anti-government sentiment by island residents resulted in the

reversa of the incorporation by the BC Legislature ten years later.

Is the island named Saltspring or Salt Spring?

The Oxford Dictionary of Canadian Place Names indicates it was

called Salt Spring Island by the Hudson’s Bay Company in the

early 1800s.

In 1910 the name was changed to Saltspring by the Geographic

Board of Canadawhich often fused multiple-word place names.

So, officially it is one word, but local usage tends to prefer

two words, although it is not unanimous. Canada Post accepts

both spellings of the name.

The year-round residents of Saltspring Island include an eclectic

mix of artists, musicians, and entrepreneurs.


Many vacationers come to Saltspring simply to enjoy the relaxed

atmosphere and soak in the quiet island lifestyle and spirit.

If you raise an issue or express an opinion, expect a lively debate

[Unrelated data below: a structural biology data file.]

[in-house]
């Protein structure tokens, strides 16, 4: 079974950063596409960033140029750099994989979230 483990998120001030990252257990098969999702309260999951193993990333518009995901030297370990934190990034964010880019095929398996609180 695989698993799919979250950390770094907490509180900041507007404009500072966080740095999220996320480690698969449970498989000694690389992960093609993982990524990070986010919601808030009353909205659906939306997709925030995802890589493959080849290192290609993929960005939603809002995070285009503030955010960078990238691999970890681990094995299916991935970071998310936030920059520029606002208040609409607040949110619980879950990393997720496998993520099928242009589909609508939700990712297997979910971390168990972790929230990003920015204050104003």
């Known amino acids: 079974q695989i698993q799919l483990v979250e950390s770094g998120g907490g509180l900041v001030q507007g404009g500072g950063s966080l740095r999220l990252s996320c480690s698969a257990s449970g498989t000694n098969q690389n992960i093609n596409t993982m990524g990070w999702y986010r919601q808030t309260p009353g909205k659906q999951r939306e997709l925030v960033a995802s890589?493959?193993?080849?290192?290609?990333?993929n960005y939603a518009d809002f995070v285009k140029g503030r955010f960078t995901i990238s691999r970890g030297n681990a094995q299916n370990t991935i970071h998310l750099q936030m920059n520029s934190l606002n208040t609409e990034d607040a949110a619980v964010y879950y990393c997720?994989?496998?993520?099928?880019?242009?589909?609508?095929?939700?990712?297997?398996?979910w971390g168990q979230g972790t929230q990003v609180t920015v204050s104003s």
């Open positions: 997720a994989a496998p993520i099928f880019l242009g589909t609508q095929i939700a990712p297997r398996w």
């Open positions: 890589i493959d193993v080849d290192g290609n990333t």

from the locals.

Saltspring Island is the most densely populated of the Gulf

Islands and isalso home to the biggest Gulf Island provincial

campground, Ruckle Provincial Park.

The island’s shoreline is varied and beautiful, offering rocky shores,

tidal pools to explore, shell beaches for beachcombing, and a wide

variety of sandy beaches.

Of the 22 ocean beaches, 4 are designated for swimming.

The island has 225 farms and is known for its sheep-raising; be

sure to tour the rolling pastures on the north end (visit in the spring,

and you’ll never order rack of lamb again).

Saltspring is also known as a centre for arts and crafts, and

has an impressive selection of shops, restaurants and tourist


While a few of Saltspring’s attractions can be seen in a whirlwind

two-hour drive,a thorough exploration of Saltspring could take weeks.

Allow at least a full day or more…the serene island offers a tranquil

respite for solace-seeking travellers.

Saltspring Island has been engaged in one of BC’s most high